Age aware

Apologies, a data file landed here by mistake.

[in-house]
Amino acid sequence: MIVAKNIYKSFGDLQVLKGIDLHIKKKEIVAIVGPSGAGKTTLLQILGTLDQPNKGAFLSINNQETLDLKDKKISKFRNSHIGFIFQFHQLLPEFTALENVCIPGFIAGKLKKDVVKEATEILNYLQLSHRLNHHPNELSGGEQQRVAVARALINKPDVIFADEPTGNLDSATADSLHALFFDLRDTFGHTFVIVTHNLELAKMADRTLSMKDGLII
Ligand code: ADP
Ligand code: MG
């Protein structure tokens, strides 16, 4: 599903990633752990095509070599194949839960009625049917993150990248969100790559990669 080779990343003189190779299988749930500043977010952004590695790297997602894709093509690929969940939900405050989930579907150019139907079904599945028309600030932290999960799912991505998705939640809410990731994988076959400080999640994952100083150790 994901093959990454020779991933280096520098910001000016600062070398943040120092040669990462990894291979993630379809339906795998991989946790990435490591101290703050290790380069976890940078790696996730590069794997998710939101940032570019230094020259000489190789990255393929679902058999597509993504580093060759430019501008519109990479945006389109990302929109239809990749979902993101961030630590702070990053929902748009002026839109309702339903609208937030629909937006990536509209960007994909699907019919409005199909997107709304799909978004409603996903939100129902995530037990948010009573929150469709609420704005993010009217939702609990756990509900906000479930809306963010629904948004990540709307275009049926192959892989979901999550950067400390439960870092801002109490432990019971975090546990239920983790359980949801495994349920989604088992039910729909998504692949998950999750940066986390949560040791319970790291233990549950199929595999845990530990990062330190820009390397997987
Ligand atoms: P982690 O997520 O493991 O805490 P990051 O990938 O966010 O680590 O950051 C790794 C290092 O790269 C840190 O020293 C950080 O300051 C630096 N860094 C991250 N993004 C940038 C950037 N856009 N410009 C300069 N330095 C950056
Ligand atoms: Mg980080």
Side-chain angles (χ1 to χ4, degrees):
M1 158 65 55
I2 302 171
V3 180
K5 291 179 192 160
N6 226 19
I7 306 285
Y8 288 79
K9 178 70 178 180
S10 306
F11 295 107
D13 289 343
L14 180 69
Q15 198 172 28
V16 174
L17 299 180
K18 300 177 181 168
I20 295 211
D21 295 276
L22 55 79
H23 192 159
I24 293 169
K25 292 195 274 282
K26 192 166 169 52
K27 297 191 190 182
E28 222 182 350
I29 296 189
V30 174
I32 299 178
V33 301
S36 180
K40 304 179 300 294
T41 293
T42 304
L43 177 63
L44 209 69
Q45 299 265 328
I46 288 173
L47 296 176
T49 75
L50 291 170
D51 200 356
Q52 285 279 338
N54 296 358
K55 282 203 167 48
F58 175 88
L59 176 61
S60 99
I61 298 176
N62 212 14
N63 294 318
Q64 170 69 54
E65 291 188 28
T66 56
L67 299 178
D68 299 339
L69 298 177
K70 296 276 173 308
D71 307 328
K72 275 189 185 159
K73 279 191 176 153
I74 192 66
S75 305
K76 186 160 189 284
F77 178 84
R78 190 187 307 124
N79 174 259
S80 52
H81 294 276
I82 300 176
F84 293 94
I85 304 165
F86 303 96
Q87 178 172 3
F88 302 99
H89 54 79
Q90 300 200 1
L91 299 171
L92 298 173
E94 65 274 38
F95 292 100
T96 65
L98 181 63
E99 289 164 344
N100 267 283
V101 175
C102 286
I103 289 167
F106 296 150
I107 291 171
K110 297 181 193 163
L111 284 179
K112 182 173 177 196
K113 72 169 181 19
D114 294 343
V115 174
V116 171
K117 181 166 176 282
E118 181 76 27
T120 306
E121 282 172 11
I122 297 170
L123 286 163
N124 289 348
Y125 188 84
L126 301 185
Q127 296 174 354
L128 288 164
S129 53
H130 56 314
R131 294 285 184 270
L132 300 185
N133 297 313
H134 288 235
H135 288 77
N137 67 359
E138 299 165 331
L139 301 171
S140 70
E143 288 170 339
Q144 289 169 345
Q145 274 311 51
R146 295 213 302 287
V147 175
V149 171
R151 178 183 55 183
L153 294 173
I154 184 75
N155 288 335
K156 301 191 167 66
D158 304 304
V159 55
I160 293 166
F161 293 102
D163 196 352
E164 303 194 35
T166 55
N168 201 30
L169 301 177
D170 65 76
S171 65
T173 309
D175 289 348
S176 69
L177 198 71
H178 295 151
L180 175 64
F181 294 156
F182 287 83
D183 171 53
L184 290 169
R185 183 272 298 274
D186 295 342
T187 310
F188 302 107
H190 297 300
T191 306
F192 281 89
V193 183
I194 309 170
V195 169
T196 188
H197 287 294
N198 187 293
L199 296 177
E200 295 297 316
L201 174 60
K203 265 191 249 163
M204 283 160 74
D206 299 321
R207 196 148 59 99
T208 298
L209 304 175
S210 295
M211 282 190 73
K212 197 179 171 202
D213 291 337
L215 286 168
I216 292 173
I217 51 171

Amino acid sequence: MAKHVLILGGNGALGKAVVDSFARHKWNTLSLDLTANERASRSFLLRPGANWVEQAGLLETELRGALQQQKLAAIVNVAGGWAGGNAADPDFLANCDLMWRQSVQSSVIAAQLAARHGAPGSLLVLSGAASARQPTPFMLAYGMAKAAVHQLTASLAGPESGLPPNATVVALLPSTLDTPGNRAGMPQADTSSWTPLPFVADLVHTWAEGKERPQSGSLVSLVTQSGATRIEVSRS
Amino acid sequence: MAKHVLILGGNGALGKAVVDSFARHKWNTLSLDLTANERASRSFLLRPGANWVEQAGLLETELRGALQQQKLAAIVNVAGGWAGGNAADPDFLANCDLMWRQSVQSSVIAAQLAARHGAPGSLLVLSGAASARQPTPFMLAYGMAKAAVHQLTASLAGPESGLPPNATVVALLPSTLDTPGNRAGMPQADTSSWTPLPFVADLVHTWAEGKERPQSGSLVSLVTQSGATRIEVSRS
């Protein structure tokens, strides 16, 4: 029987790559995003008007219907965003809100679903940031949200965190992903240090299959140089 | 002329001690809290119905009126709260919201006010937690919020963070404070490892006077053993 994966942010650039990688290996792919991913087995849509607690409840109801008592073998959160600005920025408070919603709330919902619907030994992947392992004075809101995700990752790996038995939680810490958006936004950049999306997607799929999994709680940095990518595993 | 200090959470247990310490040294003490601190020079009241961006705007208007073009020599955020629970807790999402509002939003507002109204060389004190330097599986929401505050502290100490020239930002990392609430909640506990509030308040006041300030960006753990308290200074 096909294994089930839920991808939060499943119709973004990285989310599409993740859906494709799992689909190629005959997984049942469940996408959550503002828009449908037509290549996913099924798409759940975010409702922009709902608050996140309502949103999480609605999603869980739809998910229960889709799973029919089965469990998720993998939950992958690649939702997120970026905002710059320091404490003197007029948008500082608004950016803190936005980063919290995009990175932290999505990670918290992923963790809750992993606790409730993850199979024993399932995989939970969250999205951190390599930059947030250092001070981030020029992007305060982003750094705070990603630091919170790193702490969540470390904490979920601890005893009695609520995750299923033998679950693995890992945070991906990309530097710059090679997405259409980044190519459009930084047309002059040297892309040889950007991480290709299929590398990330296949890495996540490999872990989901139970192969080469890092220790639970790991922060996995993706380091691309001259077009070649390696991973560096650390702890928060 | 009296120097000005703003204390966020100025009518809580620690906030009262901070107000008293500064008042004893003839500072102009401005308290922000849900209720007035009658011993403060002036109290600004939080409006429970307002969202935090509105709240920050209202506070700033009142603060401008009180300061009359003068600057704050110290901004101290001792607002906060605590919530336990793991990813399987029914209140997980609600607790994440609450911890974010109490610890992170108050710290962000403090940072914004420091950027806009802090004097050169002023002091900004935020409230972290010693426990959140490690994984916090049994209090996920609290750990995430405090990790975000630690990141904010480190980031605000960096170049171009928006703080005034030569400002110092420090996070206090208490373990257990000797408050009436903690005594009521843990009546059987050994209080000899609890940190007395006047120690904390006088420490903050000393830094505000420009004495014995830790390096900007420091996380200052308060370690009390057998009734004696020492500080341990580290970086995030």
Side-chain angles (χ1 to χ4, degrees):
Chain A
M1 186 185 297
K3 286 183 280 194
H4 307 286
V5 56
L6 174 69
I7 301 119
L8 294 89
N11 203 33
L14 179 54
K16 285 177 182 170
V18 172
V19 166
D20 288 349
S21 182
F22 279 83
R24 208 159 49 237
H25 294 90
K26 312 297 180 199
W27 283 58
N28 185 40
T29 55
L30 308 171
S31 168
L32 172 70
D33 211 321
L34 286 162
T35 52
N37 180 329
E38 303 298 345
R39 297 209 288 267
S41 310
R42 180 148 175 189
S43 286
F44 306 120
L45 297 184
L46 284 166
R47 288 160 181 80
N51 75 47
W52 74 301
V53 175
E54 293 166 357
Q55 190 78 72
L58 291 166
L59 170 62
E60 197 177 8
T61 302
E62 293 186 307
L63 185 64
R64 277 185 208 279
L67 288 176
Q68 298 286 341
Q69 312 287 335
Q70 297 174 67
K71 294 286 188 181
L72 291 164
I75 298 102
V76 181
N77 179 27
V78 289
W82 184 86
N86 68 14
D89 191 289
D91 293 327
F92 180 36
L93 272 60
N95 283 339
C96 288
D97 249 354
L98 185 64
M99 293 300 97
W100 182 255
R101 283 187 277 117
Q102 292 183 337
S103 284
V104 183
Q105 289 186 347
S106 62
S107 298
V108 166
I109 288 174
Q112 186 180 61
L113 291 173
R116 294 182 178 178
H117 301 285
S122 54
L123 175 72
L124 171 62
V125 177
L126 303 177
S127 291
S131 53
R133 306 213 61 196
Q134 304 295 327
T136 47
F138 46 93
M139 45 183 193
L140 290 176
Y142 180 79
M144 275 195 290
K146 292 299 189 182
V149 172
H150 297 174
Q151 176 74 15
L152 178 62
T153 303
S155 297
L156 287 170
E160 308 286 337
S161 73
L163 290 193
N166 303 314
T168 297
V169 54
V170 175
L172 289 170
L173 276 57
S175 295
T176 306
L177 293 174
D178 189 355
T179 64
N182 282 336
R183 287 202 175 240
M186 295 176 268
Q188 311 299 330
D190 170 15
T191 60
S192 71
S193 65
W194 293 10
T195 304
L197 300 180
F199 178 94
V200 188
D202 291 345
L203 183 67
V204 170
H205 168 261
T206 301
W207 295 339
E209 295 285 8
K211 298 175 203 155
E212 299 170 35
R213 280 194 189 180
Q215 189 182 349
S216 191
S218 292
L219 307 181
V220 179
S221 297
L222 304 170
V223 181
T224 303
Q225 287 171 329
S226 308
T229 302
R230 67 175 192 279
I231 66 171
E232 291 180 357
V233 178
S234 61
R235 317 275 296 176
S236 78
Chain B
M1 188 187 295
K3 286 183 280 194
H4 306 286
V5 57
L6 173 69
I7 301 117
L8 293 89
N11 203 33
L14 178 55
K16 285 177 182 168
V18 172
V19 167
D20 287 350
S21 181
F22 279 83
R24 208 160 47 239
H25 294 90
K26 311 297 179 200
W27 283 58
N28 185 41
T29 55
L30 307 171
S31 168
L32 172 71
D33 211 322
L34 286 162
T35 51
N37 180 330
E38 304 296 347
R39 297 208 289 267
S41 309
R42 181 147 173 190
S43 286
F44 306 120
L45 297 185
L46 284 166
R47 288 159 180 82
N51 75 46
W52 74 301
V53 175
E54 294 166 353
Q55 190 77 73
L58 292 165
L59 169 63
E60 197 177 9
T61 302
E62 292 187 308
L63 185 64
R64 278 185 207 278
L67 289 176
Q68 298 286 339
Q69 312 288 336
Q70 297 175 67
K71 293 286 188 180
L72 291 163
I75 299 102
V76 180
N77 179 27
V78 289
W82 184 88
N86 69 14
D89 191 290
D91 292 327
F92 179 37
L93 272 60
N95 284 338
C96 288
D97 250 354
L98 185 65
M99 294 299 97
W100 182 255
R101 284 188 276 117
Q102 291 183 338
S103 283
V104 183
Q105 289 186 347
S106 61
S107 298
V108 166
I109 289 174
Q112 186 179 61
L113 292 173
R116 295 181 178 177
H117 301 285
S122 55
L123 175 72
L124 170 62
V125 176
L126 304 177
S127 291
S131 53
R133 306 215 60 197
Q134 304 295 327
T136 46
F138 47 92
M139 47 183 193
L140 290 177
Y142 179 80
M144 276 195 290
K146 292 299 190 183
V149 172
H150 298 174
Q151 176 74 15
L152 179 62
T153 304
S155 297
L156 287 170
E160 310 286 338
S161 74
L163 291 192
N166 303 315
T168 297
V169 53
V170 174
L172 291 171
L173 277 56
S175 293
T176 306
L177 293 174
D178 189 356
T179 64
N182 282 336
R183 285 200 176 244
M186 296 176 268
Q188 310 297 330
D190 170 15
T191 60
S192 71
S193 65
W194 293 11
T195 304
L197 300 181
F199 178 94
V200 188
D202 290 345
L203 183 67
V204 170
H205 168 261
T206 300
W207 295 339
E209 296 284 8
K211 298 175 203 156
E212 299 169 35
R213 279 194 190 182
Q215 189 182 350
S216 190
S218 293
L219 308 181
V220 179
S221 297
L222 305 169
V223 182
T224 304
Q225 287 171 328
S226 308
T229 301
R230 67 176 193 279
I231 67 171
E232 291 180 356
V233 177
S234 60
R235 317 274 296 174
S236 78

first_imgThe Employment Equality (Age) Regulations came into force on 1 October, 2006, providing protection from age-related discrimination in the workplace for employees and applicants alike. Now, the first Employment Tribunal case to reference the legislation has been heard and has seen a 67-year-old employee reinstated to her post.Consequently, it is worth emp-loyers refreshing their memories of the basic requirements of the regulations, so as to avoid falling foul of the law themselves, particularly since recent surveys of workers and employers have produced some interesting results; one in 10 workers claimed to have experienced age discrimination, even since the introduction of the legislation and, in contrast, employers believed they were fairly or very well informed about the legislation, even though, in an ACAS survey of 750 small businesses, less than 30% of them then responded correctly to a question about whether it is still lawful to have a retirement age.RecruitmentSome simple mistakes occur at the recruitment stage, where employers are often confused about whether they can specify how much experience they’re looking for.There is nothing in the regulations that prohibits employers requiring certain experience. However, the pitfall to beware is that “time-linked” experience is likely to be indirectly discriminatory, since, generally, only applicants who have worked for the specified period will be able to apply. The effect of this is indirect discrimination, often towards younger applicants who may not have the experience specified because they had only just left school/college and are too young to have been able to work the required period.Employers need to be able to justify the reason for the period of experience they have specified and should also be aware of “direct” age discrimination – such as specifying an age range for applicants – which is likewise unlawful unless it can be objectively justified.The only exception to an employer refusing to employ someone on grounds of age is where a person is older than, or within six months of the employer’s normal retirement age – or 65 if the employer doesn’t have a normal retirement age – as the regulations provide an exemption for that category.Another area of confusion concerns job advertisements and titles. Although many employers are now aware that words such as “youthful”, “young”, “mature” or “older” should not feature in adverts, only once Tribunals have considered more age-related cases will we have guidance on other words with possible ageist connotations, such as “dynamic”, “responsible” or “ener-getic”. In the meantime, it is sensible for employers to be mindful of the language they use in adverts and focus on the job itself.There is no case law from the English Tribunals at present, but a recent Irish case, where age dis-crimination laws have been in force for some years, is relevant here. The complainant was asked questions about his age at an early stage of the interview process, including questions on the application form such as “living with parents/renting/mortgaged accommodation”, “number of children”, “age” and “date of birth”. He provided incorrect information, arguing that the questions were “irrelevant and invasive” and was not appointed to the post, despite being suitable. He was awarded E5,000, as it was held that he had been discriminated against on grounds of his age.Since discrimination law enables an individual to bring a claim if they can demonstrate that their ’age’ may have had an impact, employers should avoid any practice where someone may ’infer’ that age was an issue, such as asking for date of birth or the sort of questions raised in the Irish case.Once in a post, employees are in a better position to assess general treatment, so it’s important for employers to treat employees fairly and to be seen doing so, and to keep good records of all aspects of the employment relationship, from adverts to interview notes and from appointment letters and contracts, to termination documents.This is particularly important where any potentially contentious matters arise, such as a disciplinary or a dismissal (including redundancy), as employees may allege that the basis for the action was the employer’s age discrimination against them. In such as case, for the employer to defend the claim, documents providing an “audit trail” of the reasons for any action or decisions taken will prove vital.Employers should inform employees on how they will deal with unacceptable employee-to-employee behaviour since, even though any victimisation or harassment might be conducted by employees themselves, it’s usually the employer who is vicariously liable for their actions.RetirementThe regulations have introduced a national default retirement age of 65, which means employers can retire employees (or set retirement ages) at or above 65 and retirements or retirement ages below the default need to be able to satisfy the test of objective justification.Irrespective of the age an employer sets, they will have to follow the ’Retirement Procedure’, the first stage of which is to notify the employee, at least six months in advance of the retirement date, of their right to request to continue working. If the employee makes such a request, they should then meet to discuss it, following which the employer should inform them of their decision, which the employee can appeal. n—-=== Summary and tips for employers ===1. Avoid using age in any aspect of an employment-related decision, wherever possible2. Consider if age – or time-linked experience – really matters to the job in question3. Confirm that reasoning is not based on assumptions about age or on preconceived ideas4. Consider whether the same aim can be achieved in another way than by using age or time-linked experience5. Imagine explaining why age or experience was relevant – having to objectively justify using such criteria – to help clarify, first, whether you need to include it and also what reasons would you give to justify inclusion6. Remove age-related questions from person specifications, job adverts and application forms; they can be included on Equal Opportunities forms7. Keep good records of interviews, offers made and rejections, training undertaken or declined, and promotions8. Check whether service- related benefits that accrue with time are discriminatory9. Ensure that redundancies are not made on the basis of age or length of service10. Ensure managers are aware of the Retirement Procedure. lBrigit Foster is an employment lawyer at Darbys LLP solicitors in Oxfordlast_img read more